Zoonotic malaria was traditionally considered a ‘forest malaria’ with infections mainly in people who enter the forest for work, like loggers or hunters [21, 59]. However, expansion of human activities and the resulting fragmentation of forests in large parts of Southeast Asia has been associated with increasing numbers of zoonotic Plasmodium species infections, not only in forest workers, but notably also in agricultural workers who remain relatively close to their resident village [70,71,72,73]. Zoonotic infection spill-over is notoriously hard to predict, as it often crosses various phylogenetic and spatiotemporal scales . The behaviour of the monkeys, mosquitoes and people influences their interactions with each other, all of which are heterogeneous in space and time. One of the most important drivers of zoonotic malaria spill-over to humans is the ecology of mosquito vectors and reservoir hosts . To become infected with zoonotic Plasmodium species, infectious mosquitoes must bite humans. This requires proximity to infectious vectors, which is often associated with changes in land-use, occupation, and house construction . Additionally, wildlife harbouring the parasites (the reservoir hosts) needs to be close to both humans and vectors that readily blood-feed on both humans and the reservoir species. P. knowlesi (as well as P. cynomolgi) usually results in benign, chronic infections in natural macaque hosts [5, 77]. Hence, infected monkeys form an ideal reservoir for parasite spill over to humans as the monkeys are not restricted in their normal behaviours by disease . As the interaction between monkeys, mosquitoes and humans influences their respective behaviours, the factors discussed in the following subsections are in fact closely connected and interacting.
The large number of sympatric species in Southeast Asia that can transmit malaria, including zoonotic malarias, makes it hard to determine the dominant vector in a geographic region. Variation in behaviours and distributions of individual vectors associated with a high diversity of vector species are likely to affect the transmission dynamics of zoonotic malaria, especially when vector abundance increases . Although this depends on the competence of the present vector species, a higher number of sympatric vector species in an area will generally facilitate increased zoonotic malaria transmission . Hawkes et al.  observed increased Anopheles species richness and abundance, as well as a higher infection rate, in forest edges compared to human settlements and plantations. Higher species richness can also extend the duration of seasonality in pathogen transmission, thus enabling a longer period of mosquito biting activity . In addition, the high degree of behavioural plasticity observed in many species plays an important role in the large variation in dominance of different vector species . This variation makes targeting zoonotic malaria vectors challenging, because species can display different behaviours by geographic area .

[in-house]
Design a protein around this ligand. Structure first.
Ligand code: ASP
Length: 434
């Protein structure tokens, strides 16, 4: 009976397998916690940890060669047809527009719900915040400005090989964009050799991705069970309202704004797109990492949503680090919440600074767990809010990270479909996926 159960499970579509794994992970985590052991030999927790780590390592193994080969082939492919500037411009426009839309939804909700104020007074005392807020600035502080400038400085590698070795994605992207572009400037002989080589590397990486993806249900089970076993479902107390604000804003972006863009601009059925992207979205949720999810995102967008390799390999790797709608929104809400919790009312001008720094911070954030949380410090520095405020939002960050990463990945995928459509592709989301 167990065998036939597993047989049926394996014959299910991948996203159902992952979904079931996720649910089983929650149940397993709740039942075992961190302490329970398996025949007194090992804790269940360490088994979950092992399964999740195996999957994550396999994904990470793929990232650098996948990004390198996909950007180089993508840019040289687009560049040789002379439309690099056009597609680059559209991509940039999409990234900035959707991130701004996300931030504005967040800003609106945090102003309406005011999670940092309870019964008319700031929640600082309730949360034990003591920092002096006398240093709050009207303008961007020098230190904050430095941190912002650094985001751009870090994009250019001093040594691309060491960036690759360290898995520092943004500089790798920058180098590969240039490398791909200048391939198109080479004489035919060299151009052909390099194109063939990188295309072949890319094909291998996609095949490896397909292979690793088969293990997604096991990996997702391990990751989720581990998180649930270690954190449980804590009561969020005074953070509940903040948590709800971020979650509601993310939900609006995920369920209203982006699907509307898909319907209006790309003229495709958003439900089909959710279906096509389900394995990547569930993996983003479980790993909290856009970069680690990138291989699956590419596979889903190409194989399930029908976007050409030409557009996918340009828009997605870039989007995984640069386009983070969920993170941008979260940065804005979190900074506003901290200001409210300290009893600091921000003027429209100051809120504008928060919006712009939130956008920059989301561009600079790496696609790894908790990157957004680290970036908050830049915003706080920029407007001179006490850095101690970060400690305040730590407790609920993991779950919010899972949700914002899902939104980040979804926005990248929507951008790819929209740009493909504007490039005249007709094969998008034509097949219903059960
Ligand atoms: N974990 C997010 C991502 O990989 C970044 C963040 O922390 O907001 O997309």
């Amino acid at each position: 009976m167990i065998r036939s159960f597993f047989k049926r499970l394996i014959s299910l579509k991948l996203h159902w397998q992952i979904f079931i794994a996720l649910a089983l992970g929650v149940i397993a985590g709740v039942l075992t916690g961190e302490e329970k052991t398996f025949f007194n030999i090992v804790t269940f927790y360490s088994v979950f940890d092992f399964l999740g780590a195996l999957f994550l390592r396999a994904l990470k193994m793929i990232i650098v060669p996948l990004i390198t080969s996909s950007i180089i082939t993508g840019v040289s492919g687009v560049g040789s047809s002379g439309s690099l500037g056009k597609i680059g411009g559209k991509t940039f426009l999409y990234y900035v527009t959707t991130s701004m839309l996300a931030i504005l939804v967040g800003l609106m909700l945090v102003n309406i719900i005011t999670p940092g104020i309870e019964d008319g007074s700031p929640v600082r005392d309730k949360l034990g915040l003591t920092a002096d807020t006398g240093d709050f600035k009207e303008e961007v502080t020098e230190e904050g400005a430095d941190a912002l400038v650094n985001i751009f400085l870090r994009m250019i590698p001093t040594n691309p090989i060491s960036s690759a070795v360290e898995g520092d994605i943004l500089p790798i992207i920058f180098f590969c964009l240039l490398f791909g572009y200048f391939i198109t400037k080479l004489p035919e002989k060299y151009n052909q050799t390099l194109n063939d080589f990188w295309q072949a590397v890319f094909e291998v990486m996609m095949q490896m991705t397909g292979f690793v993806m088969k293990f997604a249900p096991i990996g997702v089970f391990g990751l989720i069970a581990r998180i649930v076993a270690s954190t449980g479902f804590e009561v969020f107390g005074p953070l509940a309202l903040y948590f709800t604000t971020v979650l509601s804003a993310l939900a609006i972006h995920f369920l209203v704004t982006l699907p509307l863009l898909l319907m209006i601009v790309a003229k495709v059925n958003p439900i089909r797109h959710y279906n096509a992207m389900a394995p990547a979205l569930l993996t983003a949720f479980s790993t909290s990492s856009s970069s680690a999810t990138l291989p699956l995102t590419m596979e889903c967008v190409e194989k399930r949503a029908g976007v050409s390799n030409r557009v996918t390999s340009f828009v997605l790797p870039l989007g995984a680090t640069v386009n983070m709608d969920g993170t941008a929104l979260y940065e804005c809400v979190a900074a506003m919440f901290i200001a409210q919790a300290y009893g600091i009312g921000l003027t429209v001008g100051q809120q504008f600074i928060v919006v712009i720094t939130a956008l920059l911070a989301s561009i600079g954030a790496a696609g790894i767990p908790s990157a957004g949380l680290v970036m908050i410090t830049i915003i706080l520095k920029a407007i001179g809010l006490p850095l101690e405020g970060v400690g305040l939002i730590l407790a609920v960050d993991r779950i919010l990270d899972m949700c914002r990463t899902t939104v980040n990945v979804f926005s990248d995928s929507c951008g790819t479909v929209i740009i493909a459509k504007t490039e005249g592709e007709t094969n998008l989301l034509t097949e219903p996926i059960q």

Human activities can drastically change the community composition of both vector and reservoir species. Anthropogenic exploitation of natural resources, like logging or hunting, in addition to the expansion of human settlements and, to a lesser extent, plantations, can cause a general loss of biodiversity [82, 83]. As a result of this development, the vector community composition can change, as has been observed in Kinabatangan, Malaysian Borneo, where An. donaldi may have replaced An. balabacensis as the primary malaria vector in certain areas . In Sarawak, Malaysian Borneo, An. donaldi and other suspected malaria vector abundance decreased while Aedes albopictus numbers increased after anthropogenic disturbance, thereby contributing to a shift in the relative disease risk from malaria to arboviruses . Additionally, if biodiversity loss is more severe in vertebrates than in invertebrates , an amplification effect for pathogen transmission can occur. Hence, high vector species richness concentrates blood feeding on the limited vertebrate species, resulting in higher biting on reservoir species. However, research is required to clarify the exact implications of this theoretical mechanism for zoonotic malaria and, specifically, P. knowlesi transmission.
Host diversity and distribution
As the primary hosts and vectors of P. knowlesi and P. cynomolgi are originally forest-dwelling species, contacts between humans, macaques and mosquitoes were few and transmission was thought to be very rare [30, 53]. However, human activities can lead to provision (unintentional or intentional feeding) of macaque troops , thus eventually drawing potential carriers of zoonotic malaria species towards areas of human settlement. The macaques are highly invasive and readily adapt their behaviour to thrive in fragmented landscapes by raiding crops, exhibiting aggressive behaviour and becoming an urban nuisance . Macaque behaviour is disturbed by deforestation, and changes have been observed in the macaque troop home range size, movement speeds and use of different habitat types [87, 88]. Long-tailed and pig-tailed macaques are frugivores but will switch readily to other, more abundant food sources in the absence of fruits . Pig-tailed macaques in Peninsular Malaysia extended their home range significantly to forage in oil palm plantations, which provided them with abundant, year-round food sources . Food provision in the vicinity of human settlements likely causes macaque troops to remain around these settlements. Ruslin et al.  showed that long-tailed macaques will readily feed on anthropogenic food and food waste. Additionally, Stark et al.  suggested that long-tailed macaques in Sabah, East Malaysia actively avoid human logging activities, spending more time in other habitats including farmland and thus bringing the P. knowlesi reservoir closer to humans.